With 632 million internet users in China, many believe 23 million of them are addicted to it. So, in an effort to curb the addiction, China created boot camps to turn their children around. They consider anyone spending six hours or more a day on the internet to be addicted to it.
Internet traffic is mostly by bots and malware, not humans.
While you might assume internet traffic is mostly people going from website to website, it’s really not. In fact, most of the internet’s traffic is bots designed by engineers to do automated tasks. Unfortunately, many of them are also quite malicious.
500 milion tweets are sent ever day.
Over the years, Twitter has become a massive phenomenon with millions of users tweeting all sorts of things from news, opinions, and even what they’re eating. It’s estimated that 500 million Tweets are sent every day.
You only use a minuscule part of the internet.
Most of what people search for is located in the Surface Web, part of the internet easily accessed by search engines. It’s a sliver in comparison to the rest of the web. Everything that isn’t accessible by Google is called the Deep Web which is a much larger section. It houses confidential information like medical records and things that aren’t searchable. Then, there’s the Dark Web which is technically in the Deep Web. You can only access the Dark Web through a web browser called Tor. The Dark Web is not for the faint of heart.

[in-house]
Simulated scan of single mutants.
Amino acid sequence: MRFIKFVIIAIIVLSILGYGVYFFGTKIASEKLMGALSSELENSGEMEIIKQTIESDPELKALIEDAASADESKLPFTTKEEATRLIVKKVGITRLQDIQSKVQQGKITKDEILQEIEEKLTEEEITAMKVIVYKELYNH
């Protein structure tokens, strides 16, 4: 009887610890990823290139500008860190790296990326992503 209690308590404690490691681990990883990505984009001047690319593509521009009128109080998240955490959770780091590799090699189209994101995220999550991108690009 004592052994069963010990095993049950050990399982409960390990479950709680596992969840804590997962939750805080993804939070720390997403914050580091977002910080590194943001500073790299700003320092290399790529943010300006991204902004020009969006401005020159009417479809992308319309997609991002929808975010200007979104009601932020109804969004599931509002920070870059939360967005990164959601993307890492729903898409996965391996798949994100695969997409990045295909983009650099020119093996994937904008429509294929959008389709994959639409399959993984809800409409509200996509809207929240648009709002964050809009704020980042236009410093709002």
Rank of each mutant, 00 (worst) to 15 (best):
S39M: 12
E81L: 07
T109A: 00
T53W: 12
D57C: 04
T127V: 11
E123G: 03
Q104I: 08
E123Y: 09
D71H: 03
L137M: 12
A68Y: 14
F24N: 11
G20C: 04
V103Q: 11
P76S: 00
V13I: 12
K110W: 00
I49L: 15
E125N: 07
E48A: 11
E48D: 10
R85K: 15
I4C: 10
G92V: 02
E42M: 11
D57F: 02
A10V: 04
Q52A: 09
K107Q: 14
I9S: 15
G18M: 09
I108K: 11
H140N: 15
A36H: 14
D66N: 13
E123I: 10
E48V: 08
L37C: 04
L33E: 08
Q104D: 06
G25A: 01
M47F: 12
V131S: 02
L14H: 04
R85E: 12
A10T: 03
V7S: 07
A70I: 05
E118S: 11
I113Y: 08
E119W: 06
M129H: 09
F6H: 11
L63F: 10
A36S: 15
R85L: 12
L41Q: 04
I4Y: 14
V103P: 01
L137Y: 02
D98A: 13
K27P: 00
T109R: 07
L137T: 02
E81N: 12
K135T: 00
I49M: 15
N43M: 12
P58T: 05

30,000 websites are hacked every day.
Using sophisticated software, cybercriminals scour the web for weakly protected websites they can easily hack. It’s estimated 30,000 websites are hacked every day.
IMDb has been around since the 1990s.
IMDb started when on October 21st, 1990, founder and CEO Col Needham wrote scripts allowing people to search a list of credits on USENET. Four years later, the IMDb name was made and the rest was history.
7 million GeoCities sites were shut down in 2009